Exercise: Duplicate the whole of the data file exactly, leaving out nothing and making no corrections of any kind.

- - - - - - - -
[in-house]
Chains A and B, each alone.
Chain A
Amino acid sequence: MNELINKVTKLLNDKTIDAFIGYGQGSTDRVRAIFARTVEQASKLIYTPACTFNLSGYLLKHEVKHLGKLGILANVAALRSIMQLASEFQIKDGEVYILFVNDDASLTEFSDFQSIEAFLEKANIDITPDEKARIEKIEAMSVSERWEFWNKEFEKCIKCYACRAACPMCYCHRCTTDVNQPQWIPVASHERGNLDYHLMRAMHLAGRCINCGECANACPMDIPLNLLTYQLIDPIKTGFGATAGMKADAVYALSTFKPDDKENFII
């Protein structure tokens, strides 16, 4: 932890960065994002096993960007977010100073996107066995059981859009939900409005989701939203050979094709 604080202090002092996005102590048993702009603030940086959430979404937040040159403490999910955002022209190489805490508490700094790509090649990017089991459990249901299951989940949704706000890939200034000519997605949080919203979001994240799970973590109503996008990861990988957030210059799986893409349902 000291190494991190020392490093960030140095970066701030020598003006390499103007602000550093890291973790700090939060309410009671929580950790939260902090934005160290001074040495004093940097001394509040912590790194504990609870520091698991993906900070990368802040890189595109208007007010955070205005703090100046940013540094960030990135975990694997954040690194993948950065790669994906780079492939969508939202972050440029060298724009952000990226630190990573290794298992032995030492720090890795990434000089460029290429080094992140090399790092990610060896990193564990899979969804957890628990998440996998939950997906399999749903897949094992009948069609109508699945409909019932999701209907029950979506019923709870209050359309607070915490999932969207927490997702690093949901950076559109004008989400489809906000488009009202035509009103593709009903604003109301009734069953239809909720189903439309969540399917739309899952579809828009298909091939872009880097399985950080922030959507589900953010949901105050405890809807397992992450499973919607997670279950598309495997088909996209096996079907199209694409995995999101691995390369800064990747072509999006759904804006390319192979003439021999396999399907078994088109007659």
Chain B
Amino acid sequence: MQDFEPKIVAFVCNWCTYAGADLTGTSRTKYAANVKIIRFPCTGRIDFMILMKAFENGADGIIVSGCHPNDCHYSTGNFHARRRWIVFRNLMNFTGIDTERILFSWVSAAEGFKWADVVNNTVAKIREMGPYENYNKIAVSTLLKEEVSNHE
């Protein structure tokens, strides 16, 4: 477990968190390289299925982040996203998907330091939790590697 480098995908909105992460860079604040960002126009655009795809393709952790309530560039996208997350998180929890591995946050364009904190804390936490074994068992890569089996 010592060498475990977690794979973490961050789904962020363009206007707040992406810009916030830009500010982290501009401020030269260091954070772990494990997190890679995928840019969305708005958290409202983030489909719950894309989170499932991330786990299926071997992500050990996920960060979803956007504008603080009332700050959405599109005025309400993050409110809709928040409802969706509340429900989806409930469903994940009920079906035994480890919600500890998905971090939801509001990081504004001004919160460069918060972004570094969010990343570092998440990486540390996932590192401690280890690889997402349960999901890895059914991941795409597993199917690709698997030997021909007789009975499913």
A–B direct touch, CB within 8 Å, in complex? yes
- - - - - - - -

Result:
[in-house]
Chains A and B, each alone.
Chain A
Amino acid sequence: MNELINKVTKLLNDKTIDAFIGYGQGSTDRVRAIFARTVEQASKLIYTPACTFNLSGYLLKHEVKHLGKLGILANVAALRSIMQLASEFQIKDGEVYILFVNDDASLTEFSDFQSIEAFLEKANIDITPDEKARIEKIEAMSVSERWEFWNKEFEKCIKCYACRAACPMCYCHRCTTDVNQPQWIPVASHERGNLDYHLMRAMHLAGRCINCGECANACPMDIPLNLLTYQLIDPIKTGFGATAGMKADAVYALSTFKPDDKENFII
């Protein structure tokens, strides 16, 4: 932890960065994002096993960007977010100073996107066995059981859009939900409005989701939203050979094709 604080202090002092996005102590048993702009603030940086959430979404937040040159403490999910955002022209190489805490508490700094790509090649990017089991459990249901299951989940949704706000890939200034000519997605949080919203979001994240799970973590109503996008990861990988957030210059799986893409349902 000291190494991190020392490093960030140095970066701030020598003006390499103007602000550093890291973790700090939060309410009671929580950790939260902090934005160290001074040495004093940097001394509040912590790194504990609870520091698991993906900070990368802040890189595109208007007010955070205005703090100046940013540094960030990135975990694997954040690194993948950065790669994906780079492939969508939202972050440029060298724009952000990226630190990573290794298992032995030492720090890795990434000089460029290429080094992140090399790092990610060896990193564990899979969804957890628990998440996998939950997906399999749903897949094992009948069609109508699945409909019932999701209907029950979506019923709870209050359309607070915490999932969207927490997702690093949901950076559109004008989400489809906000488009009202035509009103593709009903604003109301009734069953239809909720189903439309969540399917739309899952579809828009298909091939872009880097399985950080922030959507589900953010949901105050405890809807397992992450499973919607997670279950598309495997088909996209096996079907199209694409995995999101691995390369800064990747072509999006759904804006390319192979003439021999396999399907078994088109007659």
Chain B
Amino acid sequence: MQDFEPKIVAFVCNWCTYAGADLTGTSRTKYAANVKIIRFPCTGRIDFMILMKAFENGADGIIVSGCHPNDCHYSTGNFHARRRWIVFRNLMNFTGIDTERILFSWVSAAEGFKWADVVNNTVAKIREMGPYENYNKIAVSTLLKEEVSNHE
């Protein structure tokens, strides 16, 4: 477990968190390289299925982040996203998907330091939790590697 480098995908909105992460860079604040960002126009655009795809393709952790309530560039996208997350998180929890591995946050364009904190804390936490074994068992890569089996 010592060498475990977690794979973490961050789904962020363009206007707040992406810009916030830009500010982290501009401020030269260091954070772990494990997190890679995928840019969305708005958290409202983030489909719950894309989170499932991330786990299926071997992500050990996920960060979803956007504008603080009332700050959405599109005025309400993050409110809709928040409802969706509340429900989806409930469903994940009920079906035994480890919600500890998905971090939801509001990081504004001004919160460069918060972004570094969010990343570092998440990486540390996932590192401690280890690889997402349960999901890895059914991941795409597993199917690709698997030997021909007789009975499913």
A–B direct touch, CB within 8 Å, in complex? yes